When you’re out camping or on a survival mode, of course, you don’t have any immediate food supply but the food stored in your backpack.
In order to increase energy levels, you need to stay satiated. Storing emergency food supplies like in tin cans, however, can take some space inside your bag and could be heavy.
Preserving food comes in many forms like canned goods, dehydrated food, or pickled fruits. However, one process tops all of the food preservation process in many aspects.
Have you heard about the freeze-drying process? Freeze-drying food, most commonly of fruits because of how quick they are to prepare, are becoming a popular method when you need to store food for emergency purposes.
If stored right at room temperature and at right location, a freeze-dried food can still be edible after a decade!
To know the wonders of freeze-drying, read this article on how to freeze dry fruits and how you can try it in your home.
As it is sometimes called lyophilization, it is a chemical process of preserving the edibility of the food through freezing and then drying, hence, its name. In layman’s terms, freeze-drying is like the suspended animation of the food.
Basically, you remove all the moisture and water content of the food, but the chemical composition stays the same. Because you’re just removing the water, if you’re ready to eat it, just rejuvenate the freeze-dried food with hot water.
It is already proven in many accounts that after many years, a freeze-dried food still has its texture and taste as if prepared that same day.
If you have the necessary equipment, you can freeze-dry virtually anything! Fruits are number one on the list because they are easy to acquire, and the water content is easily sucked out.
For example, if you want to store meat through freeze-drying, you’d want to cook it first before freezing. This is because if you rehydrate a freeze-dried raw meat, it would still be raw.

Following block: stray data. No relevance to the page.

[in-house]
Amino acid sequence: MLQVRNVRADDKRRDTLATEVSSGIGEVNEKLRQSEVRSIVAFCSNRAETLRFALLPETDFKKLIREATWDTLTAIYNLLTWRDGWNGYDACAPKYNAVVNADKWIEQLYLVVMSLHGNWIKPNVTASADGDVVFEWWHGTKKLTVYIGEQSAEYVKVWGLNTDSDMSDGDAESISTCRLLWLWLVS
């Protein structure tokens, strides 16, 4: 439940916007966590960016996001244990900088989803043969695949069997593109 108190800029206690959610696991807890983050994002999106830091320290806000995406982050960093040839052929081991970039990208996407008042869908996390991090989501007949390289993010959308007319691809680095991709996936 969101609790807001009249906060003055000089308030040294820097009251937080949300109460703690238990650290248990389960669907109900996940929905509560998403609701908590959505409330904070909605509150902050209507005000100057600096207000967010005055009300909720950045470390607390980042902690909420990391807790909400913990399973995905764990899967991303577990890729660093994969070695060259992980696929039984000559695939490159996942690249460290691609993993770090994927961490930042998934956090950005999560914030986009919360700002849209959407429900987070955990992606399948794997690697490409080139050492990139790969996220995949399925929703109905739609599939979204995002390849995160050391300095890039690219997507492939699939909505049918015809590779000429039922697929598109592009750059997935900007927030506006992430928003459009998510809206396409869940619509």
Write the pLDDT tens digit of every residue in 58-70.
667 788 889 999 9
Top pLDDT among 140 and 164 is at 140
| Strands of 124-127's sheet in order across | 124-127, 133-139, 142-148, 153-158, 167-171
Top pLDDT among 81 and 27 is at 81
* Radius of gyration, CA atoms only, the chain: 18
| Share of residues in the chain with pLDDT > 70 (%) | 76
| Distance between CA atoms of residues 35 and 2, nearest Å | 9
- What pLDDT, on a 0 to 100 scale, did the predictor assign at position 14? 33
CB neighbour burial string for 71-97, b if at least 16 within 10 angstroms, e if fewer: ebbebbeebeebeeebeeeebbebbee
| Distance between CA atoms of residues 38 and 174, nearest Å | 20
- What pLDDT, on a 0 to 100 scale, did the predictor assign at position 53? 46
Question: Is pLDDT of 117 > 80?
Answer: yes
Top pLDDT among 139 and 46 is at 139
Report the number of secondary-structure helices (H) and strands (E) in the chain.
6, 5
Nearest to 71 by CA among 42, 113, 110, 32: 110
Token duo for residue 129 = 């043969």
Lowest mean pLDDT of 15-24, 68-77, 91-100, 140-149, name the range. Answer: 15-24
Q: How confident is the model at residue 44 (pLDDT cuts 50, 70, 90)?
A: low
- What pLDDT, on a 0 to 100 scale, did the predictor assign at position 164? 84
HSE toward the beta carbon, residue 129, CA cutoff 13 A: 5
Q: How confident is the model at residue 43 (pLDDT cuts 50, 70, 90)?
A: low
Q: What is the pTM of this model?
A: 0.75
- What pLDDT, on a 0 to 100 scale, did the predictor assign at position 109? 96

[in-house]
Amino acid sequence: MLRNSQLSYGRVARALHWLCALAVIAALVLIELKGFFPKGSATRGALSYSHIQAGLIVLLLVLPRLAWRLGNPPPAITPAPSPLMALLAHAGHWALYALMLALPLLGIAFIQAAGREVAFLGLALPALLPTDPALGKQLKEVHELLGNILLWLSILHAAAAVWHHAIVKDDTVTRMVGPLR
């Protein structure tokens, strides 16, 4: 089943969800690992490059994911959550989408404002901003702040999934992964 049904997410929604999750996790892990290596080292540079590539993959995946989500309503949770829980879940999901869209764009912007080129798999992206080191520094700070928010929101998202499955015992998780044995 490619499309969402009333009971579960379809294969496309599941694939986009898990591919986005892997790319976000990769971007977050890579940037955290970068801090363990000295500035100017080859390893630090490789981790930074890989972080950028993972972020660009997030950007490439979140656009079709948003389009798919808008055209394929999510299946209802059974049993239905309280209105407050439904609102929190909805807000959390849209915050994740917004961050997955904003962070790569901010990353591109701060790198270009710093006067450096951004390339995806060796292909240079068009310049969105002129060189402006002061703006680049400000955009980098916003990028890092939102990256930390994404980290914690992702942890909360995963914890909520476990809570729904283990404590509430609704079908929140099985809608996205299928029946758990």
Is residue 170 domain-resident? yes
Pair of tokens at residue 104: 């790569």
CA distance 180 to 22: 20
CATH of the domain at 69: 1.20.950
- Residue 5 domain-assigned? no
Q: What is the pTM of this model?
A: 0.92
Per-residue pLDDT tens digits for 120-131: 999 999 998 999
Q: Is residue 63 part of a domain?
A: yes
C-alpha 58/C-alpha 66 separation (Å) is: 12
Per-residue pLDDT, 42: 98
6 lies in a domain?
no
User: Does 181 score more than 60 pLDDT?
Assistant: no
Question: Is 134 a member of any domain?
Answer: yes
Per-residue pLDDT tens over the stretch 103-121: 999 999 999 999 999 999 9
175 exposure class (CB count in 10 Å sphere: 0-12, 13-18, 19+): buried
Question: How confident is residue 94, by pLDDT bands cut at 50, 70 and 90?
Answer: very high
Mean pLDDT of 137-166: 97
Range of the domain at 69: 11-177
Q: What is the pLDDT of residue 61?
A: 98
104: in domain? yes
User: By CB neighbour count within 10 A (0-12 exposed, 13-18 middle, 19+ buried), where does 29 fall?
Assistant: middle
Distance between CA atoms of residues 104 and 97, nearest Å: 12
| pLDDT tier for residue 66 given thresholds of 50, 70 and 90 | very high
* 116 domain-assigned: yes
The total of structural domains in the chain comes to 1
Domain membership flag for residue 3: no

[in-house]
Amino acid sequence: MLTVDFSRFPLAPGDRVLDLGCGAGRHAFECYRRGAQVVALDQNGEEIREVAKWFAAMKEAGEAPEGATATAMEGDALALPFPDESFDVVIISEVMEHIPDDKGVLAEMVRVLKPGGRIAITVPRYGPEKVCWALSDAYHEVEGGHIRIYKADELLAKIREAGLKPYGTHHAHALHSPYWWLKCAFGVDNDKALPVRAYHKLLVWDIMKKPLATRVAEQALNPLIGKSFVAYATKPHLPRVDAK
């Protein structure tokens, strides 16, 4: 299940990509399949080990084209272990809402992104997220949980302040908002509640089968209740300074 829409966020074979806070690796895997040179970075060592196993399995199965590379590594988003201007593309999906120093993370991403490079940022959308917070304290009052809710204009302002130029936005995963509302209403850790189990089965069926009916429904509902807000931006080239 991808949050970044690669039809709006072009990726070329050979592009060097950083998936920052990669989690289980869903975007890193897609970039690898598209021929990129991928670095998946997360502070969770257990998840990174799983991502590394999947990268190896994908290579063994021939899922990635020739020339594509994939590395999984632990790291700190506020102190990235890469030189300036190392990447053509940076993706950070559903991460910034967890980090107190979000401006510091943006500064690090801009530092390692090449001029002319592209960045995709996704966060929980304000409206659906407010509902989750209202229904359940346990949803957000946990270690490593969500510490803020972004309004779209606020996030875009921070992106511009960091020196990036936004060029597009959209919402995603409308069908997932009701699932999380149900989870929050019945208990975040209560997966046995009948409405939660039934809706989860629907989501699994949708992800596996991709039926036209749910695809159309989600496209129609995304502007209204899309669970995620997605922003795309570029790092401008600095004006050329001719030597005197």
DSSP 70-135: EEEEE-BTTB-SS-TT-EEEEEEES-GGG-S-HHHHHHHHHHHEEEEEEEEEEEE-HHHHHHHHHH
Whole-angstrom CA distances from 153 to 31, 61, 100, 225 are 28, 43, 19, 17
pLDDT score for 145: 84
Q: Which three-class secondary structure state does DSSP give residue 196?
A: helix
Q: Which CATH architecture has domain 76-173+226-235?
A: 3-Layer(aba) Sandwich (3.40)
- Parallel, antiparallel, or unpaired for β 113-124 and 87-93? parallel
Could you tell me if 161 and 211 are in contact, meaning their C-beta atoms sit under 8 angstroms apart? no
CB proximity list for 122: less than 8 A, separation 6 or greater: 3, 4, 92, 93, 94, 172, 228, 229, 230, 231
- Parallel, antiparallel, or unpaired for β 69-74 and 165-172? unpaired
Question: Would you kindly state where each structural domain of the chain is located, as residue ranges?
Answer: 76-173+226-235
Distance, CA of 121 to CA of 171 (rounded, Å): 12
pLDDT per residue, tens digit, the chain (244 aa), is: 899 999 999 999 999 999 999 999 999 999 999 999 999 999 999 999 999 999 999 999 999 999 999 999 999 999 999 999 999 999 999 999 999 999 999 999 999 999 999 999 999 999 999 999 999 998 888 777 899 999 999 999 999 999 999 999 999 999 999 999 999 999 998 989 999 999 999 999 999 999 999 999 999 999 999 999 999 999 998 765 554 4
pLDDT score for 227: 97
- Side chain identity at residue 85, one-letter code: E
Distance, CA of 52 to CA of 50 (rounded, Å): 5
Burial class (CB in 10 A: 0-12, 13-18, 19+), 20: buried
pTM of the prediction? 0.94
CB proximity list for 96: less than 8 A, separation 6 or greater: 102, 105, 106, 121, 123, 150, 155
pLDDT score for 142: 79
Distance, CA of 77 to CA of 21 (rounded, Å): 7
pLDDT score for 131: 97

The main reason why we preserve food for storage is to avoid spoilage and inhibit the growth of disease-causing bacteria.
In freeze-drying which has other names like lyophilization or cryodesiccation is a smart way to preserve a perishable food by freezing it and then reducing the atmospheric pressure.
Sublimation is the main chemical principle about freeze-drying and it makes the food shift from a solid phase into a gas phase without undergoing a liquid form (e.g. like naphthalene balls).
Normally, you place the food in a vacuum container that uses lower pressure. The first stage in the process is the pretreatment. For fruits, you may need to slice them into chewable bits, and for larger food like beef stew, you must need to cook it firsthand and wait to cool.
The second process is the freezing. This can be done in machines specific for the process alone, or you can use your freezer at home.
You will need to freeze the food to its lowest temperature where both the solid and gas phase can be both present.
The typical freezing temperatures are ranging from -50⁰C to -80⁰C and must need to be done rapidly and appropriately. This is the most crucial process because the food can be spoiled if you have done it wrong.
Drying follows the freezing process and is broken into two parts: primary and secondary drying. In the primary drying, most of the water is removed, and the pressure is lowered as controlled in a vacuum container.
Heat is also applied for the ice to sublime, thus removing the water content. Heat must be applied gradually because too much heat can change the chemical structure of the food.
The last stage is the secondary drying wherein you effectively remove the residual moisture from the primary drying. This is done by subjecting the food to higher temperatures like more than zero degrees Celsius. The estimated water content percentage after the process would then be at 1% to 4%.
Benefits of Freeze-Drying Your Food